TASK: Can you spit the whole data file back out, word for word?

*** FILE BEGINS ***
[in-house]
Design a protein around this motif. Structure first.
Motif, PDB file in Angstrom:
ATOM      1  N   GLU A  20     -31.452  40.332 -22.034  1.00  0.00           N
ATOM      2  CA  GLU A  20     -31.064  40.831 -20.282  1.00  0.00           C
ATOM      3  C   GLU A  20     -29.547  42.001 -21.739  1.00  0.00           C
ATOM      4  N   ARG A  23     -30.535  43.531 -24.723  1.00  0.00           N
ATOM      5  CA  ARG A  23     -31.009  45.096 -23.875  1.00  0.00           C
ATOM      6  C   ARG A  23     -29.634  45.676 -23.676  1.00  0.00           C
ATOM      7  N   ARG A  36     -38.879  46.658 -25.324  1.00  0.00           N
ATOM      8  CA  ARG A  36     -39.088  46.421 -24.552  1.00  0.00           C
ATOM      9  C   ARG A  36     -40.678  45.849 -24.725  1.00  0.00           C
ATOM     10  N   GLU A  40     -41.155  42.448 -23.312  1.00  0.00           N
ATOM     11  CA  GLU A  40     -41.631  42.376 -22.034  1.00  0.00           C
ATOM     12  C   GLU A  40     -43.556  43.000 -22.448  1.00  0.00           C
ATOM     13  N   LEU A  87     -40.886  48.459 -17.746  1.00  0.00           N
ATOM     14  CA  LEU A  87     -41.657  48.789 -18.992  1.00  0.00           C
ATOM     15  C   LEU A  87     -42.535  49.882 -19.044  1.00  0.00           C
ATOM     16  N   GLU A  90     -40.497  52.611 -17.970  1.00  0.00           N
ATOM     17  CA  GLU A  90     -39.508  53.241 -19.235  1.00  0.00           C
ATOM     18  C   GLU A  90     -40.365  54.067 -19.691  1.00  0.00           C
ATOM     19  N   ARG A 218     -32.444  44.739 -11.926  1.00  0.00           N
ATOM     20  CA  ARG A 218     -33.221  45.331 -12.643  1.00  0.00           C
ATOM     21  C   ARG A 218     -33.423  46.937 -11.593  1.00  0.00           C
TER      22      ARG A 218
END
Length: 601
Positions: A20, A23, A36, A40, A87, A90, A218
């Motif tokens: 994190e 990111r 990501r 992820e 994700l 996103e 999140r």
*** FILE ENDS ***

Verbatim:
[in-house]
Design a protein around this motif. Structure first.
Motif, PDB file in Angstrom:
ATOM      1  N   GLU A  20     -31.452  40.332 -22.034  1.00  0.00           N
ATOM      2  CA  GLU A  20     -31.064  40.831 -20.282  1.00  0.00           C
ATOM      3  C   GLU A  20     -29.547  42.001 -21.739  1.00  0.00           C
ATOM      4  N   ARG A  23     -30.535  43.531 -24.723  1.00  0.00           N
ATOM      5  CA  ARG A  23     -31.009  45.096 -23.875  1.00  0.00           C
ATOM      6  C   ARG A  23     -29.634  45.676 -23.676  1.00  0.00           C
ATOM      7  N   ARG A  36     -38.879  46.658 -25.324  1.00  0.00           N
ATOM      8  CA  ARG A  36     -39.088  46.421 -24.552  1.00  0.00           C
ATOM      9  C   ARG A  36     -40.678  45.849 -24.725  1.00  0.00           C
ATOM     10  N   GLU A  40     -41.155  42.448 -23.312  1.00  0.00           N
ATOM     11  CA  GLU A  40     -41.631  42.376 -22.034  1.00  0.00           C
ATOM     12  C   GLU A  40     -43.556  43.000 -22.448  1.00  0.00           C
ATOM     13  N   LEU A  87     -40.886  48.459 -17.746  1.00  0.00           N
ATOM     14  CA  LEU A  87     -41.657  48.789 -18.992  1.00  0.00           C
ATOM     15  C   LEU A  87     -42.535  49.882 -19.044  1.00  0.00           C
ATOM     16  N   GLU A  90     -40.497  52.611 -17.970  1.00  0.00           N
ATOM     17  CA  GLU A  90     -39.508  53.241 -19.235  1.00  0.00           C
ATOM     18  C   GLU A  90     -40.365  54.067 -19.691  1.00  0.00           C
ATOM     19  N   ARG A 218     -32.444  44.739 -11.926  1.00  0.00           N
ATOM     20  CA  ARG A 218     -33.221  45.331 -12.643  1.00  0.00           C
ATOM     21  C   ARG A 218     -33.423  46.937 -11.593  1.00  0.00           C
TER      22      ARG A 218
END
Length: 601
Positions: A20, A23, A36, A40, A87, A90, A218
């Motif tokens: 994190e 990111r 990501r 992820e 994700l 996103e 999140r």